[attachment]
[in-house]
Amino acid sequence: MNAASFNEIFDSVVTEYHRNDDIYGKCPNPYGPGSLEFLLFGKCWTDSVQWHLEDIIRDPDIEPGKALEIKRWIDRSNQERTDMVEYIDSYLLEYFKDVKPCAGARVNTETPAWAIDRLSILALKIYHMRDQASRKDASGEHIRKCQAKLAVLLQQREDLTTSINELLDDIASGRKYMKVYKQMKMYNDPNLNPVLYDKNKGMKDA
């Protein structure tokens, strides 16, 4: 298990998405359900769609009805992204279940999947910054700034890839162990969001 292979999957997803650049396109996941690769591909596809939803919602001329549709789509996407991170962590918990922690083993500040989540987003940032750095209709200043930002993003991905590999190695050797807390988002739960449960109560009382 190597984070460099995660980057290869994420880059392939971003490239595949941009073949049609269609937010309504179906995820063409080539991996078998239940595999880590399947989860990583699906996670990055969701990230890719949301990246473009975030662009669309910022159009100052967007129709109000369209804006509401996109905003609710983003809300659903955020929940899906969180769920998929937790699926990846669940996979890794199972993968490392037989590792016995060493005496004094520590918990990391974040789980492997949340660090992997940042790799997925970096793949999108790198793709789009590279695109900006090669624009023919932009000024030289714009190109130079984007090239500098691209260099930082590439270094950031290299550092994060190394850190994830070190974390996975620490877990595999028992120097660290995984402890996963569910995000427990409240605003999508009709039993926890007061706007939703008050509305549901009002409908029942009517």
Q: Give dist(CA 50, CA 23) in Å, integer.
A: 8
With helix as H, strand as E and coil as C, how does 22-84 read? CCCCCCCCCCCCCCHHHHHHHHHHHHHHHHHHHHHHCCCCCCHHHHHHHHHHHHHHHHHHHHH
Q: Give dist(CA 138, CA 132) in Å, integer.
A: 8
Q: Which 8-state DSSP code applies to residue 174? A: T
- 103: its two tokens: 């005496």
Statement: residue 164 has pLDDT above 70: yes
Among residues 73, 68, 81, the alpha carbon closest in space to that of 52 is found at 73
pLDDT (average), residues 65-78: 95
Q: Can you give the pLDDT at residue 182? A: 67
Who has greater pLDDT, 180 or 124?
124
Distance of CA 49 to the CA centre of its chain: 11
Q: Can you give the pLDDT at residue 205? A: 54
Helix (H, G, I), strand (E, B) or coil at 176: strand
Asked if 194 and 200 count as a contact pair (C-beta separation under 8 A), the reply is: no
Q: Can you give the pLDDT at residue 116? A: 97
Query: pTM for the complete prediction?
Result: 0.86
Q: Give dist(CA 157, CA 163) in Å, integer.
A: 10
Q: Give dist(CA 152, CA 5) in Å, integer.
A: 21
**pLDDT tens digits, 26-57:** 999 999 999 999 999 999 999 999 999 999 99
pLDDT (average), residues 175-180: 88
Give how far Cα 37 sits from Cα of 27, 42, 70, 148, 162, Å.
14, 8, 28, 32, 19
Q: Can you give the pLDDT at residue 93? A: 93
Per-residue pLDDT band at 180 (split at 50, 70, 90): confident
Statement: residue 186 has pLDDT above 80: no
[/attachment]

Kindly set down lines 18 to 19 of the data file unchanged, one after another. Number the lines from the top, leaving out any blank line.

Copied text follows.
Q: Can you give the pLDDT at residue 205? A: 54
Helix (H, G, I), strand (E, B) or coil at 176: strand